Will the GOP’s plan to fight Obamacare in the states backfire?
By: Ezra Klein, Washington Post
Obama’s Patient Protection and Affordable Care Act celebrated its third birthday last weekend. This particular anniversary was a big deal, because it was often unclear whether the law would reach it. In the first place, it was imperiled by the Supreme Court; in the second, by the Republican Party’s promise to kill it if Republicans won the White House in 2012. Over the past year, Obamacare survived both challenges, and next year it will begin its core mission of insuring tens of millions of Americans.
Republicans, however, haven’t quite given up. Their slogan, “repeal and replace,” has given way to “resist and annoy.” Unable to get rid of Obamacare, many have settled on a strategy of making it function as poorly as possible. At the national level, House Republicans have refused to appropriate funds for implementation. At the state level, most Republican governors have refused to set up insurance exchanges, and many have refused to expand Medicaid.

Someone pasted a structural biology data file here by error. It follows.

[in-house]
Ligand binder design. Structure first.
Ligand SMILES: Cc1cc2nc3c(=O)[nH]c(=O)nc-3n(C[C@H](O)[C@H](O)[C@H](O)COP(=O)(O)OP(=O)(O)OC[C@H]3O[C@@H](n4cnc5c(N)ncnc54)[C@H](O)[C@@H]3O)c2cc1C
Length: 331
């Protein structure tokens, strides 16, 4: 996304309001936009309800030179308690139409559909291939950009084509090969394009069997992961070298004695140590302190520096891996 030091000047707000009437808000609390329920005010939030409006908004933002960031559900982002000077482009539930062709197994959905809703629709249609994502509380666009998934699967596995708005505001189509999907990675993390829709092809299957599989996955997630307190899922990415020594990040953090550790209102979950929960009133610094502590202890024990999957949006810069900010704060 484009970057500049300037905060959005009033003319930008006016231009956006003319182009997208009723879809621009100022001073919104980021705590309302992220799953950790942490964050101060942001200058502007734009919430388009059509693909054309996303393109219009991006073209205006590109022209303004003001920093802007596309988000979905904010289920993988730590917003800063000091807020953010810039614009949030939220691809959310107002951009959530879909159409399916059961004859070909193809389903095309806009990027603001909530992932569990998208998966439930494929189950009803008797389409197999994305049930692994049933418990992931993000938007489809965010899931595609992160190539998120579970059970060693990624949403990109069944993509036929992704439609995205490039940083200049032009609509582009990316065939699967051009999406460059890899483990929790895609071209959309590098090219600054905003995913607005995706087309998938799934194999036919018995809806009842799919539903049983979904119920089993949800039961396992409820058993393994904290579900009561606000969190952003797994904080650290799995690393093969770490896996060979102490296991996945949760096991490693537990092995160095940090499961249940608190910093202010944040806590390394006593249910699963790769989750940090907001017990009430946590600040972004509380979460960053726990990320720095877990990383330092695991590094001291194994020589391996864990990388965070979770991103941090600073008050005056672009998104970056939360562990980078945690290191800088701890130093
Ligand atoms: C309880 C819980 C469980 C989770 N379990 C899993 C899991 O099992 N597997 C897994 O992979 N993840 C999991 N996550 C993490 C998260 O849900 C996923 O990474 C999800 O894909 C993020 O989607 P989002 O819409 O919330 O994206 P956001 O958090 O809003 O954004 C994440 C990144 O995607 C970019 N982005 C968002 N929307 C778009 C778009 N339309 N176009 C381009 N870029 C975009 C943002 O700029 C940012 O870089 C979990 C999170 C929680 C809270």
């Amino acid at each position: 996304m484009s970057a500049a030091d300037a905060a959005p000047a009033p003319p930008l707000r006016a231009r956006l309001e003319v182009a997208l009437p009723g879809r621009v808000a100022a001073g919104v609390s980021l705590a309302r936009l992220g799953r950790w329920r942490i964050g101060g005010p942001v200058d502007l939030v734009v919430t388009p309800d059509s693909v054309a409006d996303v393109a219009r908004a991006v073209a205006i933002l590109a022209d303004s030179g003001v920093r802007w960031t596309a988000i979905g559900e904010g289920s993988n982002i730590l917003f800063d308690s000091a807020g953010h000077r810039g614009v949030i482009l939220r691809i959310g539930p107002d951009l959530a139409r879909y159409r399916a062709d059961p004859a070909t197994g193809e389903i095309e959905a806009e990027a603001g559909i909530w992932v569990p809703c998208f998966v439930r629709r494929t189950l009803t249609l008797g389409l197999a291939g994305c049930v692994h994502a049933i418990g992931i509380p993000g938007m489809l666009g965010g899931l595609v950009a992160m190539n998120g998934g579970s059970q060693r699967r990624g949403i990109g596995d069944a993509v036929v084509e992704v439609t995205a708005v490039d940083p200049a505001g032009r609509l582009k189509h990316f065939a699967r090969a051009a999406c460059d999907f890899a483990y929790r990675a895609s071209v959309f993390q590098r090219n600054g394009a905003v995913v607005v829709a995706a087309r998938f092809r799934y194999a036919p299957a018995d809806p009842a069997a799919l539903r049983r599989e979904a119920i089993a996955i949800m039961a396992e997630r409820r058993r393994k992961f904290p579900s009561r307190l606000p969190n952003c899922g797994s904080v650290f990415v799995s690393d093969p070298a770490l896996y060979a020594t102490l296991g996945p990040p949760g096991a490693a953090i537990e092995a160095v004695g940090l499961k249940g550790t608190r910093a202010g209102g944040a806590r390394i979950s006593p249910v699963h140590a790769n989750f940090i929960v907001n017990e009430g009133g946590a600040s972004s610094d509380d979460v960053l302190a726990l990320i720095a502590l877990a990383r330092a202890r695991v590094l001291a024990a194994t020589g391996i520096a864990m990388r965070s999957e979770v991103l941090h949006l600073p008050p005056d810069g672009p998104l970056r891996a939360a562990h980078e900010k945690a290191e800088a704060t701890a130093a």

The question, though, is whether governors who purposefully do a very bad job implementing Obamacare will hurt the law, or just themselves and their states. Call it the California v. Texas question.